July 11, 2013 By Wallin & Klarich

Why is George Zimmerman on trial for murder? We can only blame the Florida prosecutors pursuing the case if an acquittal results in violence.


As a criminal defense attorney with over 30 years of experience, I watched with great interest as George Zimmerman was arrested and accused of murdering Trayvon Martin. From the outset of this matter, it was clear to me that law enforcement personnel were not excited about Mr. Zimmerman’s arrest. It was evident that his actions constituted a case of self defense.

However, “political correctness” took precedence over good judgment, as the district attorney’s office charged Mr. Zimmerman with murder. Was the murder charge racially motivated by the two individuals’ different races? We will never know the answer to this question.

What we do know is that millions of dollars have been spent on the prosecution of Mr. Zimmerman. The trial has been broadcast across the nation on a daily basis. The public can watch the same testimony as the jurors. Despite my experience as a criminal defense attorney, I put myself in the jurors’ shoes and viewed the case with an open mind.

What was the prosecutor thinking? Several of the prosecutor’s key witnesses, including law enforcement officials, provided testimony that was far more favorable to the defense. Dr. Vincent Di Maio, a renowned forensic psychologist, was called to testify by the prosecutor, but claimed that Martin was on top of Zimmerman immediately prior to the fatal shot.

Florida state law permits an individual to defend himself or herself by use of deadly force if there is a likelihood of death or great bodily injury at the hands of another person. The extensive physical injuries suffered by Mr. Zimmerman at the hands of Mr. Martin prior to the fatal gunshot are undeniable.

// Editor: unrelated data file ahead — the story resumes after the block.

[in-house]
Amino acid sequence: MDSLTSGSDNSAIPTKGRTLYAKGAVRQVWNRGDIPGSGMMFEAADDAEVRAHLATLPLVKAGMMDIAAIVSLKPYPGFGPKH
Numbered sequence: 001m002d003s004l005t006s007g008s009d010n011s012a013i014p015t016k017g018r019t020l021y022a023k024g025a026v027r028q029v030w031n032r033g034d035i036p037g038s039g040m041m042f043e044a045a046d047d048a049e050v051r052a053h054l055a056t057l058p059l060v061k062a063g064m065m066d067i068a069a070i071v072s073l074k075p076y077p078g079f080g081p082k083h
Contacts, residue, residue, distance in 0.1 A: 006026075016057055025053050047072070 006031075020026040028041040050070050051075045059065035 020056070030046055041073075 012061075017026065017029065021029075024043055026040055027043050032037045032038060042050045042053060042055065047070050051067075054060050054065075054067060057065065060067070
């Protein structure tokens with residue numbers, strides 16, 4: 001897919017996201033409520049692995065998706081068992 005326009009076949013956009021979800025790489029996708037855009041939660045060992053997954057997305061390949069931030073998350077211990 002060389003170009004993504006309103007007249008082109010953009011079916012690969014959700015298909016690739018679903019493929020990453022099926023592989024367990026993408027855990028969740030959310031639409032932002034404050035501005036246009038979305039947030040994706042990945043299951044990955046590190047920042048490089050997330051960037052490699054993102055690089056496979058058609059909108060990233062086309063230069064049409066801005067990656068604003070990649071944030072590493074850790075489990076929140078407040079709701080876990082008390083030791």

Evidence was introduced to show that the voice pleading for help on the 911 call was that of Mr. Zimmerman, and not of Mr. Martin. In fact, Mr. Martin’s own father claimed that the voice heard on the 911 call was not that of his son. So, whose voice was it then?

I have had the opportunity to listen to several expert commentators answer questions about what is likely to happen at the end of the trial. Many of these experts are former prosecutors, law professors, and criminal defense attorneys. The general consensus among these individuals is that the prosecutor has presented a terrible case.

Why has this happened? Why is the prosecutor’s case so weak? The answer is simple. The facts do not support in any way, shape, or form support any outcome other than a not guilty verdict.

There will be an outpouring of anger primarily from the African-American community when the six female jurors deciding Mr. Zimmerman’s fate read the not guilty verdict. There will be allegations that justice has not been served. Similar to past cases involving racial tension, many people fear that an acquittal will lead to widespread civil unrest.
Any “blood” resulting from an acquittal will lie squarely on the hands of the Florida prosecutors who ignored the facts and advice of many law enforcement agents to not charge Mr. Zimmerman.

No one will know for certain what happened the night Mr. Zimmerman shot Mr. Martin. We do know that there is no evidence presented at trial that could ever result in a murder conviction for Mr. Zimmerman. I pray for peace following the not guilty verdict. I also pray that future prosecutorial decisions are based upon fact, and not a particular social or political agenda.
I welcome your comments.

The criminal defense attorneys at Wallin & Klarich have over 30 years of experience successfully defending clients accused of murder. Below is the commentary of Paul J. Wallin, Senior Partner, regarding the George Zimmerman murder trial. If you would like to contact our law firm, please call us at (888) 280-6839.

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